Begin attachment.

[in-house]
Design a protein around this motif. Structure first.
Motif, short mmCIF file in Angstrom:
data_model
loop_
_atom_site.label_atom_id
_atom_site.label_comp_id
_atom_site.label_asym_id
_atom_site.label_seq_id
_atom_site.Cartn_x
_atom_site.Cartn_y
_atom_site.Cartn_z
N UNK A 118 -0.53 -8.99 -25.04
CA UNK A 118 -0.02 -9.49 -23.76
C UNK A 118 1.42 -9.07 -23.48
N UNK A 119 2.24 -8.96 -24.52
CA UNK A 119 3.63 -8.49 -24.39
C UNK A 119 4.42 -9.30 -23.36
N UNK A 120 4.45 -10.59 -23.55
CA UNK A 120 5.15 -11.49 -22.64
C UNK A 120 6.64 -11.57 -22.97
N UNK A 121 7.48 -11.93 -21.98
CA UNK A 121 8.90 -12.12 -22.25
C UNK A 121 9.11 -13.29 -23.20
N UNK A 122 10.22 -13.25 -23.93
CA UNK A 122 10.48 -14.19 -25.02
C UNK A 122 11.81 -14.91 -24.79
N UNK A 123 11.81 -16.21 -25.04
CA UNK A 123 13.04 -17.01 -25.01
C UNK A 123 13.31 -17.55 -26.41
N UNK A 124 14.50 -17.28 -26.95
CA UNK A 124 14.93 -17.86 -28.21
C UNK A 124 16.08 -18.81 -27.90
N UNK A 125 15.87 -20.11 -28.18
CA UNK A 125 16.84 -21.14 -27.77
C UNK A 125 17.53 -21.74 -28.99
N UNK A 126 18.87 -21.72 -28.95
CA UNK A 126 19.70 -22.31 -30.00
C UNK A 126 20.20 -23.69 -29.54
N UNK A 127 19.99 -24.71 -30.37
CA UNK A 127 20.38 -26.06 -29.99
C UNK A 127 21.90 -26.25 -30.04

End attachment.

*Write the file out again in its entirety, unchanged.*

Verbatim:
[in-house]
Design a protein around this motif. Structure first.
Motif, short mmCIF file in Angstrom:
data_model
loop_
_atom_site.label_atom_id
_atom_site.label_comp_id
_atom_site.label_asym_id
_atom_site.label_seq_id
_atom_site.Cartn_x
_atom_site.Cartn_y
_atom_site.Cartn_z
N UNK A 118 -0.53 -8.99 -25.04
CA UNK A 118 -0.02 -9.49 -23.76
C UNK A 118 1.42 -9.07 -23.48
N UNK A 119 2.24 -8.96 -24.52
CA UNK A 119 3.63 -8.49 -24.39
C UNK A 119 4.42 -9.30 -23.36
N UNK A 120 4.45 -10.59 -23.55
CA UNK A 120 5.15 -11.49 -22.64
C UNK A 120 6.64 -11.57 -22.97
N UNK A 121 7.48 -11.93 -21.98
CA UNK A 121 8.90 -12.12 -22.25
C UNK A 121 9.11 -13.29 -23.20
N UNK A 122 10.22 -13.25 -23.93
CA UNK A 122 10.48 -14.19 -25.02
C UNK A 122 11.81 -14.91 -24.79
N UNK A 123 11.81 -16.21 -25.04
CA UNK A 123 13.04 -17.01 -25.01
C UNK A 123 13.31 -17.55 -26.41
N UNK A 124 14.50 -17.28 -26.95
CA UNK A 124 14.93 -17.86 -28.21
C UNK A 124 16.08 -18.81 -27.90
N UNK A 125 15.87 -20.11 -28.18
CA UNK A 125 16.84 -21.14 -27.77
C UNK A 125 17.53 -21.74 -28.99
N UNK A 126 18.87 -21.72 -28.95
CA UNK A 126 19.70 -22.31 -30.00
C UNK A 126 20.20 -23.69 -29.54
N UNK A 127 19.99 -24.71 -30.37
CA UNK A 127 20.38 -26.06 -29.99
C UNK A 127 21.90 -26.25 -30.04